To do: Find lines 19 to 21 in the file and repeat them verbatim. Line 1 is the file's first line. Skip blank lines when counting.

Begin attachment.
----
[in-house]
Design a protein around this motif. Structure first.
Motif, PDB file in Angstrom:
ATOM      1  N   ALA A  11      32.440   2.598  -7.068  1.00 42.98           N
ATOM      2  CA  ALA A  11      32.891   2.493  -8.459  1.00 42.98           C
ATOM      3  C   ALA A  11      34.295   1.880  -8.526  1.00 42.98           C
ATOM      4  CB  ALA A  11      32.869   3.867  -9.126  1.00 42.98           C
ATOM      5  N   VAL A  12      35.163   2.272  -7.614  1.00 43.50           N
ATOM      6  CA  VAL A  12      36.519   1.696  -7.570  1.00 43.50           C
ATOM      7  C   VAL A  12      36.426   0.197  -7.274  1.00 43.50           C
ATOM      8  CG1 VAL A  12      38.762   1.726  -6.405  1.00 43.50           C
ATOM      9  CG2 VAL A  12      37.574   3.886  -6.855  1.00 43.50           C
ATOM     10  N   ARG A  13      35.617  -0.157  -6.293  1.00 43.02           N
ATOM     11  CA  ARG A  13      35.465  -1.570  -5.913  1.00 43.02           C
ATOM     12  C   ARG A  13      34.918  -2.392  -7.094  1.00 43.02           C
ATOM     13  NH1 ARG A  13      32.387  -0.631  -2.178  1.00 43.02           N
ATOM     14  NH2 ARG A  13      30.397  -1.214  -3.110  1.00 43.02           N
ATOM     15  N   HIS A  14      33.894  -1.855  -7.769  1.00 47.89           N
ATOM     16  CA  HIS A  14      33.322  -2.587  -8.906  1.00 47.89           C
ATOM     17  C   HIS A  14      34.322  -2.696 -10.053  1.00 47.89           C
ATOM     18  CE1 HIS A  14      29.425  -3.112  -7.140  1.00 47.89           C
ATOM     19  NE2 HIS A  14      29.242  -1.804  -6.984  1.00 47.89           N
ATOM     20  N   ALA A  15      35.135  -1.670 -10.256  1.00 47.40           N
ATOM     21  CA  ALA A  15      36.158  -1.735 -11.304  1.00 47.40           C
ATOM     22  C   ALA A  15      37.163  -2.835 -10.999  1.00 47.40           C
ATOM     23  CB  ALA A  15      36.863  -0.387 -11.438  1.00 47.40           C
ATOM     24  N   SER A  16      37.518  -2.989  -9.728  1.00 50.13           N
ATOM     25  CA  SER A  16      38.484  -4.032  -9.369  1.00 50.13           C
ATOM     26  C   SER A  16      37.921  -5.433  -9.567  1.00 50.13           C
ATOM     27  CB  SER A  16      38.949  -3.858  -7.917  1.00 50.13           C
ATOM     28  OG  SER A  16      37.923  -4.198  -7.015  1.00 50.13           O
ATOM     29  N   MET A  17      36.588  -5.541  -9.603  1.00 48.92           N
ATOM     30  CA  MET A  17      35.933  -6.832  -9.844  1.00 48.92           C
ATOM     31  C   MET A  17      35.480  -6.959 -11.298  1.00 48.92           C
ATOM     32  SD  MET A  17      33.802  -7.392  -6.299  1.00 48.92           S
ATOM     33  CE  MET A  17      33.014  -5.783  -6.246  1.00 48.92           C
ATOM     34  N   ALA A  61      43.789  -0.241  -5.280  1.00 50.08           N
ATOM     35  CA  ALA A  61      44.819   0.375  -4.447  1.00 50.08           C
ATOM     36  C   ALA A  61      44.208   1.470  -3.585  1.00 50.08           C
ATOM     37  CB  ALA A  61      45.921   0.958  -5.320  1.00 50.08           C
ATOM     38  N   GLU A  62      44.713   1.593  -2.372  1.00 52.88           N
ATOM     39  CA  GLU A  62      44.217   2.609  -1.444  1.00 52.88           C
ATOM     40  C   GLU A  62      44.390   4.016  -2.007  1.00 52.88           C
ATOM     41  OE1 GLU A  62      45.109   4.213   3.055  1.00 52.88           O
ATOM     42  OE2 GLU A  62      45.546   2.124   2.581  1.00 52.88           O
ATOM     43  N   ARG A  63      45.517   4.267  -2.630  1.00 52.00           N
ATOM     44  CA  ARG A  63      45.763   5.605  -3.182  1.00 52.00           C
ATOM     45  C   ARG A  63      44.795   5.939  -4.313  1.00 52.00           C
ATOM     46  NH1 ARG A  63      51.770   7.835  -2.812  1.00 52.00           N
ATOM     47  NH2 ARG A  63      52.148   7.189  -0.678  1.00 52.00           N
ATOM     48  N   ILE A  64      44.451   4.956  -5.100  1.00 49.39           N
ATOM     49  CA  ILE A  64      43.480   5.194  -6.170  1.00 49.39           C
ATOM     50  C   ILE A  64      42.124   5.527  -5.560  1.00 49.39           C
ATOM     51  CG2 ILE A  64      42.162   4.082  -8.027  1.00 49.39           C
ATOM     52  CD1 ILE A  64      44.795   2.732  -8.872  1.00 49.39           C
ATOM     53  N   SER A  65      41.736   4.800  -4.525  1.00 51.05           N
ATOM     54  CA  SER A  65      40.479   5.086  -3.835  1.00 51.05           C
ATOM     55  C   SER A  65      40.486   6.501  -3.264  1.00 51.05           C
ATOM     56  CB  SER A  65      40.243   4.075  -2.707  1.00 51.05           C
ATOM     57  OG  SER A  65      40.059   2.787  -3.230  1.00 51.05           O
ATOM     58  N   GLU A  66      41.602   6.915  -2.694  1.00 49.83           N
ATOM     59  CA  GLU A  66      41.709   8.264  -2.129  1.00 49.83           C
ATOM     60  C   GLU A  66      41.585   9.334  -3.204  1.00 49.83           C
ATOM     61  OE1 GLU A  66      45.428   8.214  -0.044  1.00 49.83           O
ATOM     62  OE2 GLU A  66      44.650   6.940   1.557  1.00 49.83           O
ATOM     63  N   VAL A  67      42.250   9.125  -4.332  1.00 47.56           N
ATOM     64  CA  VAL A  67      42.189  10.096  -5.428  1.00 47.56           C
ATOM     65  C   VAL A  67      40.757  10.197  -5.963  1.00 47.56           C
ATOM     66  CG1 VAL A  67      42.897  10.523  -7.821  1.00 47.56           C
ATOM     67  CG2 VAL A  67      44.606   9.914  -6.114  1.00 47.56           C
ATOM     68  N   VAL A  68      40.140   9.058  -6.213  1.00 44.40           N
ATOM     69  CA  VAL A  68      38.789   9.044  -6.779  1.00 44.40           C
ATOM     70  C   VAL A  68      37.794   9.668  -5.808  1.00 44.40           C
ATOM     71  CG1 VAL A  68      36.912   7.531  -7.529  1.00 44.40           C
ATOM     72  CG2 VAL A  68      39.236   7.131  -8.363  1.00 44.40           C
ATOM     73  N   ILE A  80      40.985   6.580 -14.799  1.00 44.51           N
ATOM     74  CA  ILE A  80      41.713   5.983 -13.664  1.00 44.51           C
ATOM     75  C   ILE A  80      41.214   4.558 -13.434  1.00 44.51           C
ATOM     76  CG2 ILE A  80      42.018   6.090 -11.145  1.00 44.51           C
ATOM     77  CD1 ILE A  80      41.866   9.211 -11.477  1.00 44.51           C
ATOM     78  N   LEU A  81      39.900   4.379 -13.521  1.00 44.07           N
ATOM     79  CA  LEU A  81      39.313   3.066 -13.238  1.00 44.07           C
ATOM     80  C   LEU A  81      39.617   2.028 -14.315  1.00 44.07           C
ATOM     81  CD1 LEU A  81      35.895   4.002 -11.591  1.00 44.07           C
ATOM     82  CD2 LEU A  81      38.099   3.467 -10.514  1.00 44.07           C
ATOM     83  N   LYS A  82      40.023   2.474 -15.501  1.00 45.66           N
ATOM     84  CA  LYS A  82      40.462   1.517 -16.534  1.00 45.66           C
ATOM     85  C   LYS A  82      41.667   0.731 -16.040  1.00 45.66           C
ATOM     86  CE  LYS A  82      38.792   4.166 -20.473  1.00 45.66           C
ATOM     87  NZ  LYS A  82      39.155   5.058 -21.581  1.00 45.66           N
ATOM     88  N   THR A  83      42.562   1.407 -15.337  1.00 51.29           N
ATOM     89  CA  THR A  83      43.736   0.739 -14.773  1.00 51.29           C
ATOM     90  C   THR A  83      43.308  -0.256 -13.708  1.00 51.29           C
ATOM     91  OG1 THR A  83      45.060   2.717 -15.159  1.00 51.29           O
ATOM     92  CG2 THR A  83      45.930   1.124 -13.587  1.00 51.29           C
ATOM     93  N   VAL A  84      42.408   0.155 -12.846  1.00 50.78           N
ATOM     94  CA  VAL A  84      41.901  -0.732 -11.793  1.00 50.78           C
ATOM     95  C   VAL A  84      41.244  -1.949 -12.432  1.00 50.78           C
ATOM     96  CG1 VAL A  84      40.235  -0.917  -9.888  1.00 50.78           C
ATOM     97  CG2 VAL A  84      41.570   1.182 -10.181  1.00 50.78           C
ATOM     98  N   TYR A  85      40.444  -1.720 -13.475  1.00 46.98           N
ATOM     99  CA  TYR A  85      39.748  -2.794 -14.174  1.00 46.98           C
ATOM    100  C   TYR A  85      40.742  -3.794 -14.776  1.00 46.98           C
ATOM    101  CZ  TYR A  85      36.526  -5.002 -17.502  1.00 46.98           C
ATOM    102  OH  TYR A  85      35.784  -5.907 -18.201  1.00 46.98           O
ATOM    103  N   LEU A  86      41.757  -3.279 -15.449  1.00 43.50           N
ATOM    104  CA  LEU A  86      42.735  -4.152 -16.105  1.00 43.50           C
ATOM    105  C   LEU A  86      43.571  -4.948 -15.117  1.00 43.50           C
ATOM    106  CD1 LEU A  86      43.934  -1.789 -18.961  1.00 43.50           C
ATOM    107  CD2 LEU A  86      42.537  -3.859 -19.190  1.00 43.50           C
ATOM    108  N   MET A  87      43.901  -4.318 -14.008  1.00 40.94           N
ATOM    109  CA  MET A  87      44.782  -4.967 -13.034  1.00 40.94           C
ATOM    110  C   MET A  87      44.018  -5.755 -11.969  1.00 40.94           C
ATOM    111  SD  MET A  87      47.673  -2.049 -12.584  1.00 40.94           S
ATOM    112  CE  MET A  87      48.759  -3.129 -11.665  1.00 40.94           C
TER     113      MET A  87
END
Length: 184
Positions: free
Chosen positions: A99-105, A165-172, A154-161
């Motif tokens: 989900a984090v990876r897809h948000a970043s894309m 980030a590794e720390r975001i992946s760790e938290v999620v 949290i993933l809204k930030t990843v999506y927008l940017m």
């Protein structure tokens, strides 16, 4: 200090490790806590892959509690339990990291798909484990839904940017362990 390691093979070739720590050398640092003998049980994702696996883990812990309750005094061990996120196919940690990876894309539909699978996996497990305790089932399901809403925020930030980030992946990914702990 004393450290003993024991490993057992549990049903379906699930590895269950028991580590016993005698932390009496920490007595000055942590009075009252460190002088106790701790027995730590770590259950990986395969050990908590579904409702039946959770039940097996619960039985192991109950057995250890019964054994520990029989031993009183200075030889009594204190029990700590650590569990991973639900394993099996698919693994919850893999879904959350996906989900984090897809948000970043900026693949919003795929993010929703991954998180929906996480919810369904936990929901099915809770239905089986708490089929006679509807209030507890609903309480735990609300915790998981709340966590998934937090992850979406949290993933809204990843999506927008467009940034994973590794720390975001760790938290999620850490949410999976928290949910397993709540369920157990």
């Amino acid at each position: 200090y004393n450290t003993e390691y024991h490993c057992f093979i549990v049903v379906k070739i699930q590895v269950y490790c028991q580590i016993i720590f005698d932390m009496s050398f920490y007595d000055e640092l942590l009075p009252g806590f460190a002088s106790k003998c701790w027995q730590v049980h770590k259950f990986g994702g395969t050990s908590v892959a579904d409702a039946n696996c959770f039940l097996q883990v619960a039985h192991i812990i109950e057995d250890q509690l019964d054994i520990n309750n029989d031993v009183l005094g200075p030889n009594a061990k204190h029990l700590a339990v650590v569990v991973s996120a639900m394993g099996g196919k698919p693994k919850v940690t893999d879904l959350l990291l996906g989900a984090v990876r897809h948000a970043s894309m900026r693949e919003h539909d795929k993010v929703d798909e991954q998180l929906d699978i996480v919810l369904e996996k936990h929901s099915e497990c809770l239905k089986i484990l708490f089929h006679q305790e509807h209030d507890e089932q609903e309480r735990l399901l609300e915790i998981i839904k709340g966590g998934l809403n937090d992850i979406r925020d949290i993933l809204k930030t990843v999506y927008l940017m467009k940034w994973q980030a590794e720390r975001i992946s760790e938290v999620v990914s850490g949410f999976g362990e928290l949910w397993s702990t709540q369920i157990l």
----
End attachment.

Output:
ATOM     16  CA  HIS A  14      33.322  -2.587  -8.906  1.00 47.89           C
ATOM     17  C   HIS A  14      34.322  -2.696 -10.053  1.00 47.89           C
ATOM     18  CE1 HIS A  14      29.425  -3.112  -7.140  1.00 47.89           C